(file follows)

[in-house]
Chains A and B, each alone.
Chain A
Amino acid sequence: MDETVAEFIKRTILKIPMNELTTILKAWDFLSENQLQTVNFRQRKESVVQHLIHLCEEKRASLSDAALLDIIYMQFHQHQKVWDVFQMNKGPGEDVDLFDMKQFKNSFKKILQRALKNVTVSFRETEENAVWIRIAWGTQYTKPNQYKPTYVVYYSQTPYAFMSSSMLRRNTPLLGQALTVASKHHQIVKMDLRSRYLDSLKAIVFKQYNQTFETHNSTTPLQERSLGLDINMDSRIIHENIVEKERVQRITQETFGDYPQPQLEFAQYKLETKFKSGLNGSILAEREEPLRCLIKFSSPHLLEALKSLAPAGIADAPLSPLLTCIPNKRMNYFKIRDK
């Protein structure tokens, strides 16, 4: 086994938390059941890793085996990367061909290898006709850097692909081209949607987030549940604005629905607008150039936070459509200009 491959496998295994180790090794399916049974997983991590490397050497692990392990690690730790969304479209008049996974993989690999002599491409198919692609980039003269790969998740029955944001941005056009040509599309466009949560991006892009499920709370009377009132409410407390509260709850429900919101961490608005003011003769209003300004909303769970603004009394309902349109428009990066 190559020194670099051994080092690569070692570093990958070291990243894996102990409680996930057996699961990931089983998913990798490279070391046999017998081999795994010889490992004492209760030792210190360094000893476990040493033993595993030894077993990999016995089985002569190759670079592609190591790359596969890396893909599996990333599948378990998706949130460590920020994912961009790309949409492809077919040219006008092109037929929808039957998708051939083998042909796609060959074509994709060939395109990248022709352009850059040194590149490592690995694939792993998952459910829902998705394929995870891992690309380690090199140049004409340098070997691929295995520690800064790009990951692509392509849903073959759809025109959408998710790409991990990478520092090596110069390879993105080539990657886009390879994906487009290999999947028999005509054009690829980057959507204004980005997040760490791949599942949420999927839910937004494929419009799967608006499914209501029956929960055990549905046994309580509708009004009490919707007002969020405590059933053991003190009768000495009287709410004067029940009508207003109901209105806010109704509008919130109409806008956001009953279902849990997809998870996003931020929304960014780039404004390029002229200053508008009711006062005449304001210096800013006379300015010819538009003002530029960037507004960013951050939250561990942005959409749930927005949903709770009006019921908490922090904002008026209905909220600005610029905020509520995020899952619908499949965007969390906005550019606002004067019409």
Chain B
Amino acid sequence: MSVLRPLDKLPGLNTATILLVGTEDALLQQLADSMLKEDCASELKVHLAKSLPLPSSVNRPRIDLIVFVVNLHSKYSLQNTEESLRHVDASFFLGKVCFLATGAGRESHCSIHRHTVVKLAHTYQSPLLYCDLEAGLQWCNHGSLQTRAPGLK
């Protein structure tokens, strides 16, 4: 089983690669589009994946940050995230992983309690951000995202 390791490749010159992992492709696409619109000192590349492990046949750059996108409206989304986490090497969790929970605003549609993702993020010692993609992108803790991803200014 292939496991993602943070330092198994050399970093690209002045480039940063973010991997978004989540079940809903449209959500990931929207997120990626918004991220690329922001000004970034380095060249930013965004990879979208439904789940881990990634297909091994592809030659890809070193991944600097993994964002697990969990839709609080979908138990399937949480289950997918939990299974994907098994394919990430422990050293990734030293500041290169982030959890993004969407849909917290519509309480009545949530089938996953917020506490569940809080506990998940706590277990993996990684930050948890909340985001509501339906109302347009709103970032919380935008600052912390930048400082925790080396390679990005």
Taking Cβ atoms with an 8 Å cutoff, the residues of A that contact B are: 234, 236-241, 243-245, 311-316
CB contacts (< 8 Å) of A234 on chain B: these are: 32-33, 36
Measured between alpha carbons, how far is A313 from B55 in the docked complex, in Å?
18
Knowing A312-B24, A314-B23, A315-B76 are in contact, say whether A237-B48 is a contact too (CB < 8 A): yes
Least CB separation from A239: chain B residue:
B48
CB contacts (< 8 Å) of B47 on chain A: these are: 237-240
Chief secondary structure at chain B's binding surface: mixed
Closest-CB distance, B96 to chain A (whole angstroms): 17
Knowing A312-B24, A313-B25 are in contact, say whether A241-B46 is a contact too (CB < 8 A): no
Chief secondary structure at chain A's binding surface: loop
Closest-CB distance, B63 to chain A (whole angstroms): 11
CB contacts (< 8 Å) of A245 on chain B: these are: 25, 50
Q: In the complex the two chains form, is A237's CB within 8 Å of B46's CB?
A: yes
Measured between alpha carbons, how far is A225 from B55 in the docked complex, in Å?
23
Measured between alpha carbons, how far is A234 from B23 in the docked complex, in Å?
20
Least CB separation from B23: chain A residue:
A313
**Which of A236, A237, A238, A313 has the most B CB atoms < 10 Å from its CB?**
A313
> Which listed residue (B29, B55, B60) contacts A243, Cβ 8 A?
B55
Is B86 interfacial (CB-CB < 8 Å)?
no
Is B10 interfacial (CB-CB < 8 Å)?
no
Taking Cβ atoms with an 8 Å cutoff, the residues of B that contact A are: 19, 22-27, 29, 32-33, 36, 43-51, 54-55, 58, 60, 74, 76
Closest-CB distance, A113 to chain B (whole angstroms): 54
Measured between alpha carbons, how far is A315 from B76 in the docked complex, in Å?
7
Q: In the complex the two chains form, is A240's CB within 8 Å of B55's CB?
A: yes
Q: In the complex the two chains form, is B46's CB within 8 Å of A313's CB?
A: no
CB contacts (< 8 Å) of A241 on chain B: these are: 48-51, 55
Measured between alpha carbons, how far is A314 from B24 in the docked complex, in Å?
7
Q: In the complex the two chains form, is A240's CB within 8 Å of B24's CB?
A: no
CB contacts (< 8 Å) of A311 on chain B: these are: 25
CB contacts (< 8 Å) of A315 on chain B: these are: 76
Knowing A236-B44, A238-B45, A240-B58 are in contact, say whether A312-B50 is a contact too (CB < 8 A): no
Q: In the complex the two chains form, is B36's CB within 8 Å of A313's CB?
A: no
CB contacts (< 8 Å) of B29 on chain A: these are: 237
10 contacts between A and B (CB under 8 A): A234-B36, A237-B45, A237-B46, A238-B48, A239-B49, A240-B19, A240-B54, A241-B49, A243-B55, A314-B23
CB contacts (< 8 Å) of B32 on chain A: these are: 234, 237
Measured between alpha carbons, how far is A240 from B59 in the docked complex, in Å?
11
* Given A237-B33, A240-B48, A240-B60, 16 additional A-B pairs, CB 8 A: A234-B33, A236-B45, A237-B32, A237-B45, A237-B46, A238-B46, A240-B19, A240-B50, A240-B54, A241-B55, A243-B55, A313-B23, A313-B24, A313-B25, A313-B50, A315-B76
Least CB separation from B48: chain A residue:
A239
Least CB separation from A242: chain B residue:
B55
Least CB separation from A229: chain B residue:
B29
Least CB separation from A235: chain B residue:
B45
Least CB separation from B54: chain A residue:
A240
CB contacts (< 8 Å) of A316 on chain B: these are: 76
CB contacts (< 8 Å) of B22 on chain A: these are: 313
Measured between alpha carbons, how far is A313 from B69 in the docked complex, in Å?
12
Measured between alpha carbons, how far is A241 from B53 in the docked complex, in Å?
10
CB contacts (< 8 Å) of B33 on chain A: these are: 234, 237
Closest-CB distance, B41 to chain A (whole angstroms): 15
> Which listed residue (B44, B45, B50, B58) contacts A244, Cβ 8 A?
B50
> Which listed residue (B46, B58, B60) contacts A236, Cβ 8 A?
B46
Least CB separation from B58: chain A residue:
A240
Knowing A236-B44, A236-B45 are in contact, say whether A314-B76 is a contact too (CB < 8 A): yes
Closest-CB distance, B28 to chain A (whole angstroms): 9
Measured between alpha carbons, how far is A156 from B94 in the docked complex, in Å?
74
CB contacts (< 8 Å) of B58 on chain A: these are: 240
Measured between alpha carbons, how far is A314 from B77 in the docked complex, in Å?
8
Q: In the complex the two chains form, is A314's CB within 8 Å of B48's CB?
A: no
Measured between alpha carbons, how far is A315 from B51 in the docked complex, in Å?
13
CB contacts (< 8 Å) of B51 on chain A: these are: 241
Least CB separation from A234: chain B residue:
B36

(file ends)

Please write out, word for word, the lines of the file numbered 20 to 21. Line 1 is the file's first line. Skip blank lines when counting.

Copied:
Chief secondary structure at chain A's binding surface: loop
Closest-CB distance, B63 to chain A (whole angstroms): 11